The Nova Scotia government is actively encouraging Nova Scotians to adopt a child.
Community Services Minister Denise Peterson-Rafuse said in a press release
, "Last year 125 children and youth were welcomed with open arms and loving hearts into their new families. That is great news but there are still more children who find themselves in need of a caring, loving place to call home so I encourage all Nova Scotians who want to have children to consider adopting a child."
Concerning adoption, adopted 16-year-old, Sonja Dye said, "There are still some tough times but no matter what, I know Mom and Dad will always be there for me."
In Nova Scotia there are currently 160 children and young people waiting to be adopted into a loving home. Today, most children waiting to be adopted are school-aged but the ages range from infants to teenagers.
Sonja's mom Kelly Dye says, "Being the parent of an adopted child isn't always easy, but being a parent of any child isn't easy. However, it's been a very rewarding experience. Sonja is a gift to me and my family."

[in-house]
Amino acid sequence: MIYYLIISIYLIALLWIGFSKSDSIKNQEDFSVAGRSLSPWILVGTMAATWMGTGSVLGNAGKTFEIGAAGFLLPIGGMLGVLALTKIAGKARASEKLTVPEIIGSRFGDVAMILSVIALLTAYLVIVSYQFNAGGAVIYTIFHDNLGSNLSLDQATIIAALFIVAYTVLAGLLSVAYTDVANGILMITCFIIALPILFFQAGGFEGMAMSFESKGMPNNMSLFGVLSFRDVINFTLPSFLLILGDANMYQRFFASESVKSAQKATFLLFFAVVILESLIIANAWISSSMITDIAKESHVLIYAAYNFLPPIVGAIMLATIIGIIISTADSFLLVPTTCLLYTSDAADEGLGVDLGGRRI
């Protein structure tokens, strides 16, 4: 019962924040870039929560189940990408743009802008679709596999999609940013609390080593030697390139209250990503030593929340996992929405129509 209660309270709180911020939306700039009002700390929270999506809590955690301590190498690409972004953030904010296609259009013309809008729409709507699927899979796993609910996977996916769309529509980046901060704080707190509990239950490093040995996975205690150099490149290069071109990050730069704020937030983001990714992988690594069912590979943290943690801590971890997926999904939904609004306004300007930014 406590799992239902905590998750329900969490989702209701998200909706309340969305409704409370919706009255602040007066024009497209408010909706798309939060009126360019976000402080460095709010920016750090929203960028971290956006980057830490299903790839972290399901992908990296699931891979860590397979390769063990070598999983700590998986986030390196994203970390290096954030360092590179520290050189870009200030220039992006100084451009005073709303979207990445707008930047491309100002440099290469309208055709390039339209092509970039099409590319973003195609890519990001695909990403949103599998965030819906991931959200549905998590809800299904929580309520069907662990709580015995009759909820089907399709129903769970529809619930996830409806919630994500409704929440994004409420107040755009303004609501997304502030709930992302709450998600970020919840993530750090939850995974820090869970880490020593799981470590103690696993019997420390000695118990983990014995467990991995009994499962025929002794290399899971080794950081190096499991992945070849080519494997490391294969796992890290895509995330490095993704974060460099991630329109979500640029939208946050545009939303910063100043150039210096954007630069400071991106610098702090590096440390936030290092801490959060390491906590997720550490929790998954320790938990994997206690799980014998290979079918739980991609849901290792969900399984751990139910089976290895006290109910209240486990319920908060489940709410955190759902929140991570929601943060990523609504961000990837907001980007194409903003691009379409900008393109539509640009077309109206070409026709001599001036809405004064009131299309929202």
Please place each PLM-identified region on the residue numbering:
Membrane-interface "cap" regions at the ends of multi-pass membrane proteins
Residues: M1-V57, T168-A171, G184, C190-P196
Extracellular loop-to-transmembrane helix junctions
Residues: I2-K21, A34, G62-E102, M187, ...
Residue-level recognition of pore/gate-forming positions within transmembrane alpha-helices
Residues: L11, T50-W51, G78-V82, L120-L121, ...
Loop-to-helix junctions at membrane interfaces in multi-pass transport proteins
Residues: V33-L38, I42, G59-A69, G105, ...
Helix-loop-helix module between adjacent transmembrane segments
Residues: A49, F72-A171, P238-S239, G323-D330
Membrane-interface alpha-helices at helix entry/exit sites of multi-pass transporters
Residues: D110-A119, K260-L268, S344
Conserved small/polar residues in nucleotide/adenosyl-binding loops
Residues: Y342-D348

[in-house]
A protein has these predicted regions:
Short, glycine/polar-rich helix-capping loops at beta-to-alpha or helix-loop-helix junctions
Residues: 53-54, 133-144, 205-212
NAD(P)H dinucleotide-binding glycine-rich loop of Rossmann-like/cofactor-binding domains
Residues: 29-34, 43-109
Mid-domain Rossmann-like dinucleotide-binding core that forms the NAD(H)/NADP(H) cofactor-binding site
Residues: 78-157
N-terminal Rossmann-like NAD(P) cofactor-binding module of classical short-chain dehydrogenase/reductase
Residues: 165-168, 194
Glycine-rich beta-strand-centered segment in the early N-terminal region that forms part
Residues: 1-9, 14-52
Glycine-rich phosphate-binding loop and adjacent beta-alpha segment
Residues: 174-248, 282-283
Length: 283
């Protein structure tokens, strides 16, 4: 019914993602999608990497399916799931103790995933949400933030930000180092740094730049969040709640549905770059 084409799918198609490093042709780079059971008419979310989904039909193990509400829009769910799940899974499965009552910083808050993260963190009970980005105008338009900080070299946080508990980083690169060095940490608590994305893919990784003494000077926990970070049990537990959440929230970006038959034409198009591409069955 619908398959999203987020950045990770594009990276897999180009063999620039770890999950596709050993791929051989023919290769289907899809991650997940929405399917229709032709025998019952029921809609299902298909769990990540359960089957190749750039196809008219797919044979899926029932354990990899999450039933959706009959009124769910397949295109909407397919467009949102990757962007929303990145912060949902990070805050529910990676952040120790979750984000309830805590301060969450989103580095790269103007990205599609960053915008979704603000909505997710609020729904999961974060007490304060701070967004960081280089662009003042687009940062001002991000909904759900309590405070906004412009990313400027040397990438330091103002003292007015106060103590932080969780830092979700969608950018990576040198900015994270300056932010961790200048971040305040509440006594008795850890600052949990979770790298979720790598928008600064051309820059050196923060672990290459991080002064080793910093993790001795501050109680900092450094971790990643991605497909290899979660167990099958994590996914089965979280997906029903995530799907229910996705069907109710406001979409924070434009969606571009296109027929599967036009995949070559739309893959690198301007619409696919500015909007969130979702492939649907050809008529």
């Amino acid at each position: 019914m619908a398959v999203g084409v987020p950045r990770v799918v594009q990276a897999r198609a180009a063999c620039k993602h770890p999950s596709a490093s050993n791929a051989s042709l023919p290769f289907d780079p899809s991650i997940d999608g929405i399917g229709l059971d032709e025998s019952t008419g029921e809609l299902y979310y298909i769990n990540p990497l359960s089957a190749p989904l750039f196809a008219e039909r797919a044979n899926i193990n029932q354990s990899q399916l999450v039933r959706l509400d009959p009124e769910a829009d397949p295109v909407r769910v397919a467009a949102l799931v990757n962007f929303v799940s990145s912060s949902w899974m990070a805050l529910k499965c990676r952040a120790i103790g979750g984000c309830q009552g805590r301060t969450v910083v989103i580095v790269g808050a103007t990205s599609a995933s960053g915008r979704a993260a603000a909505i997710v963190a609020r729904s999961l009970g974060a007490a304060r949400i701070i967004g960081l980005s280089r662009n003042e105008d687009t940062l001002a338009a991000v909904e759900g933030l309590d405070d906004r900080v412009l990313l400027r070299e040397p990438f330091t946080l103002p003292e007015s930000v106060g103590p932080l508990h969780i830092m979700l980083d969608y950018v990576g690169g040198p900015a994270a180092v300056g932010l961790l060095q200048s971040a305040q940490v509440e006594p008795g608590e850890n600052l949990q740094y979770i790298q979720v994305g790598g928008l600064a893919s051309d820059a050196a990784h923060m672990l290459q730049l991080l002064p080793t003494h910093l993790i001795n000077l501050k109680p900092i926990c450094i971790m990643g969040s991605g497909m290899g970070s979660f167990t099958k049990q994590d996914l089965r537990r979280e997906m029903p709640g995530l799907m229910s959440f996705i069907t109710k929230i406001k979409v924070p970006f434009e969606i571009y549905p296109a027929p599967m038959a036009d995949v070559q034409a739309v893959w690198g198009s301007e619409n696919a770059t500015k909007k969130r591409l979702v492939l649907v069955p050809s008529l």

The Dave Thomas Foundation for Adoption
whose motivation is that all children deserve loving, permanent homes. is also very active in Canada and the U.S. during Adoption Awareness month which has been celebrated since 1990.
Rita Soronen, executive director of the Dave Thomas Foundation for Adoption told PRWeb, “We believe every child deserves a permanent home and that is why we are actively encouraging people to consider foster care adoption. Every child deserves a family and there is a critical need for Americans to become aware and involved. Everyone can make a difference – either by adopting a child from foster care or by supporting the work of agencies finding forever families for waiting children.”
In the U.S there are currently more than 114,000 children available for adoption says PRWeb
with each year seeing more children entering the system than are adopted.
The average child in the U.S. that is available for adoption is 8 years old, has been moved from foster home to foster home at least three times, could have been separated from their siblings and may wait five years for an adoption leaving tens of thousands without a family by the time they leave foster care at the age of 18.